Tag Archives: davening

WWYD – Minyan

It’s summer time and the living is easy. Well, easier than getting the kids up and off to school every day. The pace is more relaxed – life is less stressful. That being said, we never forget that we are religious Jews, and our religious practice still dictates the same things that they do in school time.

I have two boys over barmitzvah, one 9 months away from “becoming a man”. The KoD goes to shul every morning, to daven (pray) with a minyan (a quorum of ten men over the age of 13). I expect the same of my oldest two – and there is a later minyan than the 7 am one the KoD goes too. There is one at 8 am throughout the summer.

How much do I push for them to go? Shouldn’t this be something that should be their choice, or should I expect it of them and do my darndest to drag their tired selves out of bed? They can daven at home, but it is so much better to daven with a minyan.

What do you do with your teenage boys in this regard? What worked for you as a teenage observant boy? What are your thoughts?

Bookmark and Share

What else don’t I know?

My 14 year old son usually comes home from yeshiva for breakfast and lunch. We are 5 minutes walk from the school, so he has the time. I like it because I get to see him and make sure he eats properly, and I get him to do a chore or two meanwhile. This morning he emptied all the apartment’s trash cans and took it to the garbage room. Without complaints.

He usually strolls in around 9 am, this morning he was home at 8.30.

“Hey sweetie, what you doing home so early?”

“Um, yeah, its Behab”

“Behab?” no clue what he was talking about

“Behab, after the chagim, Behab, you know”

Turns out he didn’t exactly understand what it was either. So I turned to my references – Twitter Jew Crew. I tweeted “what the heck is Behab??”

Within 60 seconds I had some answers.

@yeshivaguy beis, hai, beis. Us menfolk do slichos in during the monday, thursday, monday following pesach/succos. Behab 4 short.

@judahe first Monday Thursday Monday (B”HB) after festivals.Some fast to atone for overindulgence of one form or another during chag

I was also directed to this blog which actually explains it better than I ever could.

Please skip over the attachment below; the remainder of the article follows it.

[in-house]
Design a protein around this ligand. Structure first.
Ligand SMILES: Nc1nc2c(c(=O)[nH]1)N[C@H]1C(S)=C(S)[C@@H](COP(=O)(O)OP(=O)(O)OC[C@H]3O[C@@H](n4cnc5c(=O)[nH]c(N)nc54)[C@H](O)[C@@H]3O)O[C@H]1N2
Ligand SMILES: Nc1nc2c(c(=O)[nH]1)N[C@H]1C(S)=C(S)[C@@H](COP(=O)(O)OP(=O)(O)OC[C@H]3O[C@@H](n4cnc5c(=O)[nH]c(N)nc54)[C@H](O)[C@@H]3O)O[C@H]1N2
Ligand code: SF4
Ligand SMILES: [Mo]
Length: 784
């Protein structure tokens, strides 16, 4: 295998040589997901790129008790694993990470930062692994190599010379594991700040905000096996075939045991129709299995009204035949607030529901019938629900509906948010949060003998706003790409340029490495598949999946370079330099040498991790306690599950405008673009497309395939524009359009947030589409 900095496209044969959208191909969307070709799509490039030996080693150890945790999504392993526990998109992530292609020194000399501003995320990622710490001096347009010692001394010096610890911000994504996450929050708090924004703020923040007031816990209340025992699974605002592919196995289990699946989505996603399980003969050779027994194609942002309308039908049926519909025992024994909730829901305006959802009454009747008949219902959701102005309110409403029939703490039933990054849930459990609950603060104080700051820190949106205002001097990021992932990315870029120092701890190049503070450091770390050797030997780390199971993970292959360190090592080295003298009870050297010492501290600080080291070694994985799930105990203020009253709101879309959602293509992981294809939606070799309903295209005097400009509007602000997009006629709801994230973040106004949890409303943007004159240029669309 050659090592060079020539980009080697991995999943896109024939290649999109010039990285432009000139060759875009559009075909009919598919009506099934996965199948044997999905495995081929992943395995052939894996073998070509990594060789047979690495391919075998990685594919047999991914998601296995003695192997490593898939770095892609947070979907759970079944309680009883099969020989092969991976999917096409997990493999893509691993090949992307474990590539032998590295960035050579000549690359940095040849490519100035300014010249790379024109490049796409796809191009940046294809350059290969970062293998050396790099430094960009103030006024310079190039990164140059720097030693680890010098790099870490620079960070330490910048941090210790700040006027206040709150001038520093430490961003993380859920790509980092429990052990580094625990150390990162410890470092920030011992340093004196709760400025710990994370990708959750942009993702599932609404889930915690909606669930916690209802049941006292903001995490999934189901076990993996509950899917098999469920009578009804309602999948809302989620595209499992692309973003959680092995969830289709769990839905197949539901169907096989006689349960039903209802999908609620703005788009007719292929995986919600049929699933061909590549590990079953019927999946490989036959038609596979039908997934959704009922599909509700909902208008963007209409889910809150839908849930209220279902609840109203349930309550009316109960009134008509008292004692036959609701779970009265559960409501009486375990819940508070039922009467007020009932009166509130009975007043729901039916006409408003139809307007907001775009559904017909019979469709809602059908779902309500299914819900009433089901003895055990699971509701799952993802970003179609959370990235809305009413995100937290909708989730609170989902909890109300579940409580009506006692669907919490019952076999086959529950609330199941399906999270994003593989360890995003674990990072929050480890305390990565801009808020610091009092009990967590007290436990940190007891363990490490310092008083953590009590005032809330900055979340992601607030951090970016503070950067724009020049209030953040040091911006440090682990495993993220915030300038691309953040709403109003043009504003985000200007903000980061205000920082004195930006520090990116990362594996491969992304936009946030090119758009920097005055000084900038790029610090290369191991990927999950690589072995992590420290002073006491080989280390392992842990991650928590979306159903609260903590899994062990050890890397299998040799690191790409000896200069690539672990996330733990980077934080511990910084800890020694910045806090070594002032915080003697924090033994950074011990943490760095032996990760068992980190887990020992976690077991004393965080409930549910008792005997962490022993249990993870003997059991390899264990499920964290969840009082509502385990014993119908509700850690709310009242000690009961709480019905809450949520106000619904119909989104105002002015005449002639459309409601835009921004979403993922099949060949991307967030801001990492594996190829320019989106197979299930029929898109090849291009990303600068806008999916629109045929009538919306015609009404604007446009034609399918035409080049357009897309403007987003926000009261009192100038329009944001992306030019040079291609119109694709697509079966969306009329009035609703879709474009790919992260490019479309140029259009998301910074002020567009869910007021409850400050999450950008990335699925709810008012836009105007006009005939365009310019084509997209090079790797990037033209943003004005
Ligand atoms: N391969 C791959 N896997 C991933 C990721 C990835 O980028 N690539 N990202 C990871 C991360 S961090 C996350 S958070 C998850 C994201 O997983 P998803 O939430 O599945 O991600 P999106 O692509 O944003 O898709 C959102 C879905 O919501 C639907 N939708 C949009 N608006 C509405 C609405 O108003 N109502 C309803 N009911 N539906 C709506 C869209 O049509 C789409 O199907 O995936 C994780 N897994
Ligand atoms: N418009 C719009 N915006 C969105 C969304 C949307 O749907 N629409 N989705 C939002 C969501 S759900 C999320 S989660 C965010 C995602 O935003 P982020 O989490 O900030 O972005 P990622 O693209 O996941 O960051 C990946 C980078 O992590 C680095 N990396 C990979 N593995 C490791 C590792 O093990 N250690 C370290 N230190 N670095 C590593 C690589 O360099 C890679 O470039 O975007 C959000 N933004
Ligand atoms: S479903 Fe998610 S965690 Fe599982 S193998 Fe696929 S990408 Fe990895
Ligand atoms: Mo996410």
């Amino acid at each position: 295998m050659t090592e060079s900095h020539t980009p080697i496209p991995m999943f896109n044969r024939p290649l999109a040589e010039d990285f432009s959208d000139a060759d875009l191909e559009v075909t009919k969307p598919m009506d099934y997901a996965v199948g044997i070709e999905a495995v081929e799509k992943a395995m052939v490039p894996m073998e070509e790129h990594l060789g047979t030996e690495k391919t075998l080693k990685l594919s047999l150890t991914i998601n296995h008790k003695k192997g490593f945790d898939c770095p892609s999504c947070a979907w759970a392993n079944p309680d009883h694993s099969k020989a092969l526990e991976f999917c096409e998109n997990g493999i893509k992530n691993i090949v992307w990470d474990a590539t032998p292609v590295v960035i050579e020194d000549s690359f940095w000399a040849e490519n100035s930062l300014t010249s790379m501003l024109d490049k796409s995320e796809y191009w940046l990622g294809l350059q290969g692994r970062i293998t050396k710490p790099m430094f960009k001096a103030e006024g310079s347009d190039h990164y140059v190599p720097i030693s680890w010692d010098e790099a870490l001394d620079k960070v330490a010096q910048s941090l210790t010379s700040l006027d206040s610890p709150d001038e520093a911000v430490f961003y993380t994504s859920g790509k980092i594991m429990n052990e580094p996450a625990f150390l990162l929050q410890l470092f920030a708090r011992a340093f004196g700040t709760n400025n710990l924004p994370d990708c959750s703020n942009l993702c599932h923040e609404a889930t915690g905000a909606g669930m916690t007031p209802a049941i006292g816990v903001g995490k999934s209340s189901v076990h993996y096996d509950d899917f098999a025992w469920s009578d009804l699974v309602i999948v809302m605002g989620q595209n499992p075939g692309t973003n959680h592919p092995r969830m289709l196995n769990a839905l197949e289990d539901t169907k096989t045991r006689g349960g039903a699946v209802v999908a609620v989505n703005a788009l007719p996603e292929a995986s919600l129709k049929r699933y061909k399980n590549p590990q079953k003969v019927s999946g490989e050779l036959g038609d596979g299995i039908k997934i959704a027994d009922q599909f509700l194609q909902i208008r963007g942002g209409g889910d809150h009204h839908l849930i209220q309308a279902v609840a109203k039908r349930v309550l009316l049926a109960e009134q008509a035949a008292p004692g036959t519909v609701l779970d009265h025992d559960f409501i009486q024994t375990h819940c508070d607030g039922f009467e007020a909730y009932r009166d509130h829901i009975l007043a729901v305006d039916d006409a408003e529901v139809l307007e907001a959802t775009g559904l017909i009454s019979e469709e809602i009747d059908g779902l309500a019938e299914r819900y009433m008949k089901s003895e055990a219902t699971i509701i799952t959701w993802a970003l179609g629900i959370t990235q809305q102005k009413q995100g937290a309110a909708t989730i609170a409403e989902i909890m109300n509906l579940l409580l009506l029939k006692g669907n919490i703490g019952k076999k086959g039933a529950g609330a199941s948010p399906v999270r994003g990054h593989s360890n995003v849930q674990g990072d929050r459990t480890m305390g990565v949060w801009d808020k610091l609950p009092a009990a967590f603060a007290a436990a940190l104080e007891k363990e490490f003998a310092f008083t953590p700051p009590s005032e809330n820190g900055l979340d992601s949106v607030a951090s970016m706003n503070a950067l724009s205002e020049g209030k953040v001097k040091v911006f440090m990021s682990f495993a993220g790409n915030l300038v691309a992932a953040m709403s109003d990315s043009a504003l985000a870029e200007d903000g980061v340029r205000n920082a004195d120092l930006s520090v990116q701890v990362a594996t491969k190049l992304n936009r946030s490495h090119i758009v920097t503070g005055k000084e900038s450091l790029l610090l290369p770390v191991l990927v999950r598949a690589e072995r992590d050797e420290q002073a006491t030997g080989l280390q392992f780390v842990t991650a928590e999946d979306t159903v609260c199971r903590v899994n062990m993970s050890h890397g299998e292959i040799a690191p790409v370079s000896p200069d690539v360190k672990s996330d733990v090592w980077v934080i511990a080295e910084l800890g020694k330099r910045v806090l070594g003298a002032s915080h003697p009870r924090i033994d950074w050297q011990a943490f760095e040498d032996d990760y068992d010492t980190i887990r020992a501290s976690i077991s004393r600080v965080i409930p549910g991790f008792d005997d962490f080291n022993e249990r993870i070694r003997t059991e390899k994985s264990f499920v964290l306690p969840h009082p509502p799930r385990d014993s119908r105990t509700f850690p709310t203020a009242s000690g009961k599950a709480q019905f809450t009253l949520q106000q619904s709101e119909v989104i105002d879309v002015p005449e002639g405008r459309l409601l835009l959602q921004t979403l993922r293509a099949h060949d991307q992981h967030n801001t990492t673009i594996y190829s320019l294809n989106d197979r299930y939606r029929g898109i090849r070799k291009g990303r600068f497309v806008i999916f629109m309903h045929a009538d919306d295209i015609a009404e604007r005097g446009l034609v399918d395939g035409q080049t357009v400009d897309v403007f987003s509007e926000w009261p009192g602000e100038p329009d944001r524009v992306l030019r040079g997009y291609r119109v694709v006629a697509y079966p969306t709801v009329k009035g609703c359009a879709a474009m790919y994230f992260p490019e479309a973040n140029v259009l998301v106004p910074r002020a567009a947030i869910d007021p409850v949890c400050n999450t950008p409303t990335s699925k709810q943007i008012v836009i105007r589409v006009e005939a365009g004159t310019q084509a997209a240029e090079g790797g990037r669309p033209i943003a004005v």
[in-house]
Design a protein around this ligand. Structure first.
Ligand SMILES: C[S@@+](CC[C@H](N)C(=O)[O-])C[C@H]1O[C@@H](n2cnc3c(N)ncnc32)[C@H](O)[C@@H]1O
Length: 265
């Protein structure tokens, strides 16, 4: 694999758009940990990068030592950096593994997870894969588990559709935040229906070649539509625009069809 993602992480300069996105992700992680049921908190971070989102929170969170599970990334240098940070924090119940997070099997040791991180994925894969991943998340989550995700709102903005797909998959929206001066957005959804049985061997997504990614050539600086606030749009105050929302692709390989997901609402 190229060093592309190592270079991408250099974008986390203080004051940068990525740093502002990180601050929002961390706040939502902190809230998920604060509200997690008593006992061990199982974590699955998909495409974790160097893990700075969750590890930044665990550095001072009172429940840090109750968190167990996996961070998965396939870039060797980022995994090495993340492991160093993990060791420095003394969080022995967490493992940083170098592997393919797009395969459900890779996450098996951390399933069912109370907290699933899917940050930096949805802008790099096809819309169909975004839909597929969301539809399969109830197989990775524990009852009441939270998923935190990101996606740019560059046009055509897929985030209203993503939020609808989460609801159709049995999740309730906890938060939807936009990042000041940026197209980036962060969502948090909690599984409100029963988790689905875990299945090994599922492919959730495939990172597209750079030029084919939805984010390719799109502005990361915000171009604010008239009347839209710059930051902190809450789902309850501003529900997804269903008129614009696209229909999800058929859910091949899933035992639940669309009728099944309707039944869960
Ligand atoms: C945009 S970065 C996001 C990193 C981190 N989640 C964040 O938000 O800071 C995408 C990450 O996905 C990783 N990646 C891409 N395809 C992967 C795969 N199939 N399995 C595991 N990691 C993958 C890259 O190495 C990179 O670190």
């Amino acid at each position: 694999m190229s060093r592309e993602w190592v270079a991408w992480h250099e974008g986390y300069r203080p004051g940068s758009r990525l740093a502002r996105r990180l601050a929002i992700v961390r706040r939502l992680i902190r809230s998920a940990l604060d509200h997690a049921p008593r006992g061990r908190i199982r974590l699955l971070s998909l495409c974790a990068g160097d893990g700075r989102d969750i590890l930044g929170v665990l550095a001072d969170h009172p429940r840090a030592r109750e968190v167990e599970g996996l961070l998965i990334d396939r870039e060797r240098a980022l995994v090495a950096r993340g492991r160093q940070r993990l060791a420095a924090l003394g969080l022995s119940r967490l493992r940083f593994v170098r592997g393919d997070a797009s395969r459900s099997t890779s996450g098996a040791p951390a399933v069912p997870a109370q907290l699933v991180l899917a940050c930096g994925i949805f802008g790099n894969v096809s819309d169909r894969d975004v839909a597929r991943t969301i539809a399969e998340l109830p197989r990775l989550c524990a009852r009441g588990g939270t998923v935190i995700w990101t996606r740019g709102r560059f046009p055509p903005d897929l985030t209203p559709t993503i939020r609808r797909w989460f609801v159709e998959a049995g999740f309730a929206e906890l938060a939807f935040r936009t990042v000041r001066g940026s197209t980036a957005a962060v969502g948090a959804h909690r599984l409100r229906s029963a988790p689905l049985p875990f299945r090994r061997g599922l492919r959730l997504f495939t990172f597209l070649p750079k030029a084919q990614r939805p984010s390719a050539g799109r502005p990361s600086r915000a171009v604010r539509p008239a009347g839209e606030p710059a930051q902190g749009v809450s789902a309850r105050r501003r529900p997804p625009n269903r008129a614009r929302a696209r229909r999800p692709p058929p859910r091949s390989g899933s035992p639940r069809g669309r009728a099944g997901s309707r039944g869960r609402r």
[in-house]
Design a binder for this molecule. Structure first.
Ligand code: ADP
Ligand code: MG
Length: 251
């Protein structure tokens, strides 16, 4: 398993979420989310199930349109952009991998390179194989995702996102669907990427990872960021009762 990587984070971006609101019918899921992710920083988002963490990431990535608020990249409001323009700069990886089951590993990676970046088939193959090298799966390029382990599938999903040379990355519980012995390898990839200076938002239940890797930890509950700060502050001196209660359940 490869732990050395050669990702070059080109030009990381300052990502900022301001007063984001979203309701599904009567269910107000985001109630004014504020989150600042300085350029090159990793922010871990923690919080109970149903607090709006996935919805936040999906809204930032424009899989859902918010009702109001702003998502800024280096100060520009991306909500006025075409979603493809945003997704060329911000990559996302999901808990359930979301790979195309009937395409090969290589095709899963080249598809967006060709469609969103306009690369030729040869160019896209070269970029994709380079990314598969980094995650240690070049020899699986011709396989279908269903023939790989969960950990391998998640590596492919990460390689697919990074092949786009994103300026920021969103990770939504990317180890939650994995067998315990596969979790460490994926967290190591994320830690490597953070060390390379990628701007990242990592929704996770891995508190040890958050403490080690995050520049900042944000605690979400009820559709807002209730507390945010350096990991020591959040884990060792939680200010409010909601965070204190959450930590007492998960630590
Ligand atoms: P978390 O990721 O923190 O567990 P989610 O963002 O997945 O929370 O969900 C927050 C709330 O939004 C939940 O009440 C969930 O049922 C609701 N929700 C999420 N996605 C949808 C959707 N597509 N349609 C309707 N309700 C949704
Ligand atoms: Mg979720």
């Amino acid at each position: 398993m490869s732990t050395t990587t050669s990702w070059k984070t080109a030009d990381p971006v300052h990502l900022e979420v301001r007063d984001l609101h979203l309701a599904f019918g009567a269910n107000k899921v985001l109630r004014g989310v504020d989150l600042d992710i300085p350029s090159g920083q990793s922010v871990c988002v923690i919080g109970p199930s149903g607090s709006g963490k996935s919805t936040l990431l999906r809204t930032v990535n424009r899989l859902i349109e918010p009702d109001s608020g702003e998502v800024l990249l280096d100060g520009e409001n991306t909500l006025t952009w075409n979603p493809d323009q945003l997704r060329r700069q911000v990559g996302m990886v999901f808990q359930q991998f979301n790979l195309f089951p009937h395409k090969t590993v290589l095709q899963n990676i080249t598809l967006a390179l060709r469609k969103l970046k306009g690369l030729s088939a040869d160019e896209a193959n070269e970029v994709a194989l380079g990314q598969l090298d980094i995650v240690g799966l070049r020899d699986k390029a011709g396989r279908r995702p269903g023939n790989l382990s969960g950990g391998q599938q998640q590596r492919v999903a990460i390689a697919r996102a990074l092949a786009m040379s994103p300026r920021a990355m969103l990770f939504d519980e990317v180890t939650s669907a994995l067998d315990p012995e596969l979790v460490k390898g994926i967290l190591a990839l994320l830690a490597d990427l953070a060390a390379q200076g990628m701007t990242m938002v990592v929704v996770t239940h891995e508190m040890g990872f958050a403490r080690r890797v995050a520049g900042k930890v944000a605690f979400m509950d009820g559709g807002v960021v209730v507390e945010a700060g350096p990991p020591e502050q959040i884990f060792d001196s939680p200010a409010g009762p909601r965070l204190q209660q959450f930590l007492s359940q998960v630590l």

I have been Jewish all my life, Orthodox all of it too. How is it that I keep hearing of things that I never heard of before? Is it because I had a Jewish girl’s education? And that I am raising boys now, so there are a lot of things that didn’t pertain to me, but that they are aware of? Sometimes I just feel as if I am so ignorant.

But it still doesn’t explain why my son was home early…why shachris was shorter. They did say tachanun….

Bookmark and Share

Be Quiet, for God’s Sake!

I don’t know about you but I like the whole davening in shul thing. I like the liturgy, a touch of chazanut, a shtickle Carlebach niggun, a good speech from the rabbi, and I am uplifted. Add in a decent kiddush after services, and I am good to go. I usually only get to shul Shabbat morning, so I really cherish my shul time.

Every shul is different with what level of background noise it will tolerate. I have heard of men being bodily ejected from shul because they were flapping their gums too much. Some shuls insist on silence only during Torah reading and the rabbi’s speech, other shuls there is a constant hum of conversation.

I can socialize after shul. Catch up on the latest gossip or shoe sales or sports stats or what-have-you. To me, that’s what a Kiddush is for. Why do people find it necessary to talk during shul? That is your time to pray to God.

“Sorry, God. Hold on a minute, God, Jay has to tell me what happened on the ninth hole erev Shabbat, I wouldn’t disrupt this one way conversation unless it was important”.

Seriously, have we become so jaded that talking in shul is normal? Look, I am not perfect, and have been known to talk in shul, but I really do try not to. There are some people, though, that spend the entire davening deep in conversation with their neighbour, barely pausing to daven the swiftest Amidah ever before they resume their discussion on the healthcare system, how they think Tiger Woods scored that hole in one, or that cute blonde that just walked in, or the rebbetzin who is looking a little heavy around the middle again, and her baby is only 11 months old!!

People! You are standing in a house of worship! You have come there to daven, to pray to God, to thank him for your abundant blessings and ask him to cure your aunt Millie and put more money in your bank account. Yet, in the middle of all that praising and supplication you press PAUSE so you can chit chat? Who do you think you are? No one tells God to wait. No one, not even Moses, can get away with that.